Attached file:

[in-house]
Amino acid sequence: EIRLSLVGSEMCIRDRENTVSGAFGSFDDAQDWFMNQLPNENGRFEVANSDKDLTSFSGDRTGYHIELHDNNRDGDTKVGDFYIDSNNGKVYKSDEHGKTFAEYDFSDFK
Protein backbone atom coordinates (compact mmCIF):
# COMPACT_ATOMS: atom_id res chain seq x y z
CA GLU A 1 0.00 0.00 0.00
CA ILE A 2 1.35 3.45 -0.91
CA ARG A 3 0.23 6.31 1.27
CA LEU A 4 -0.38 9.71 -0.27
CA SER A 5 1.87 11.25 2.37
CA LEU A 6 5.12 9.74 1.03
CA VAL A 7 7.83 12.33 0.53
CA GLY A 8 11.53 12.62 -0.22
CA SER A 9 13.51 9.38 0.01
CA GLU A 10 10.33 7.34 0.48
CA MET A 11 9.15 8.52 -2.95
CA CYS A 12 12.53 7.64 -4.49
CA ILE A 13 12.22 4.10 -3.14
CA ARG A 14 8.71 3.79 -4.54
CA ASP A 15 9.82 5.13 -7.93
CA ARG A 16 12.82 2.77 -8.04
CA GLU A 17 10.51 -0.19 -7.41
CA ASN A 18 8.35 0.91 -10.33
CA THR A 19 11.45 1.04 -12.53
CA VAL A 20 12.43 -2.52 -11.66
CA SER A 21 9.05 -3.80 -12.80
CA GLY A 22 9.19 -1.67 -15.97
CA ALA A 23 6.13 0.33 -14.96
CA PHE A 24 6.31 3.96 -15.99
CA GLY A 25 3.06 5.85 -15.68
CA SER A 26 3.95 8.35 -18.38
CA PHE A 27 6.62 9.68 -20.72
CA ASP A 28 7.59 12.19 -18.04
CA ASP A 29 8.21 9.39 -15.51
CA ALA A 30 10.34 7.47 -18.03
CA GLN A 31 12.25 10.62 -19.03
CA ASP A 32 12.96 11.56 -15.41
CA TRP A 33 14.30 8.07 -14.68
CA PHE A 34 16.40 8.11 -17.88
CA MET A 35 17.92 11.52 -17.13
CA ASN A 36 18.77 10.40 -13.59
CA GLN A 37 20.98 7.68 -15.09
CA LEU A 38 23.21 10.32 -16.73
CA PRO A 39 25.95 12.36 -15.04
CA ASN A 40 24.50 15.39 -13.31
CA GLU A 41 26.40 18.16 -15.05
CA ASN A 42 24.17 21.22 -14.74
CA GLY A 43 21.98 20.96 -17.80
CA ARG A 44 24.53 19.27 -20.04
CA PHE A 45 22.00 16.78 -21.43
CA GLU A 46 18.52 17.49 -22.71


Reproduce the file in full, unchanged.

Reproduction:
[in-house]
Amino acid sequence: EIRLSLVGSEMCIRDRENTVSGAFGSFDDAQDWFMNQLPNENGRFEVANSDKDLTSFSGDRTGYHIELHDNNRDGDTKVGDFYIDSNNGKVYKSDEHGKTFAEYDFSDFK
Protein backbone atom coordinates (compact mmCIF):
# COMPACT_ATOMS: atom_id res chain seq x y z
CA GLU A 1 0.00 0.00 0.00
CA ILE A 2 1.35 3.45 -0.91
CA ARG A 3 0.23 6.31 1.27
CA LEU A 4 -0.38 9.71 -0.27
CA SER A 5 1.87 11.25 2.37
CA LEU A 6 5.12 9.74 1.03
CA VAL A 7 7.83 12.33 0.53
CA GLY A 8 11.53 12.62 -0.22
CA SER A 9 13.51 9.38 0.01
CA GLU A 10 10.33 7.34 0.48
CA MET A 11 9.15 8.52 -2.95
CA CYS A 12 12.53 7.64 -4.49
CA ILE A 13 12.22 4.10 -3.14
CA ARG A 14 8.71 3.79 -4.54
CA ASP A 15 9.82 5.13 -7.93
CA ARG A 16 12.82 2.77 -8.04
CA GLU A 17 10.51 -0.19 -7.41
CA ASN A 18 8.35 0.91 -10.33
CA THR A 19 11.45 1.04 -12.53
CA VAL A 20 12.43 -2.52 -11.66
CA SER A 21 9.05 -3.80 -12.80
CA GLY A 22 9.19 -1.67 -15.97
CA ALA A 23 6.13 0.33 -14.96
CA PHE A 24 6.31 3.96 -15.99
CA GLY A 25 3.06 5.85 -15.68
CA SER A 26 3.95 8.35 -18.38
CA PHE A 27 6.62 9.68 -20.72
CA ASP A 28 7.59 12.19 -18.04
CA ASP A 29 8.21 9.39 -15.51
CA ALA A 30 10.34 7.47 -18.03
CA GLN A 31 12.25 10.62 -19.03
CA ASP A 32 12.96 11.56 -15.41
CA TRP A 33 14.30 8.07 -14.68
CA PHE A 34 16.40 8.11 -17.88
CA MET A 35 17.92 11.52 -17.13
CA ASN A 36 18.77 10.40 -13.59
CA GLN A 37 20.98 7.68 -15.09
CA LEU A 38 23.21 10.32 -16.73
CA PRO A 39 25.95 12.36 -15.04
CA ASN A 40 24.50 15.39 -13.31
CA GLU A 41 26.40 18.16 -15.05
CA ASN A 42 24.17 21.22 -14.74
CA GLY A 43 21.98 20.96 -17.80
CA ARG A 44 24.53 19.27 -20.04
CA PHE A 45 22.00 16.78 -21.43
CA GLU A 46 18.52 17.49 -22.71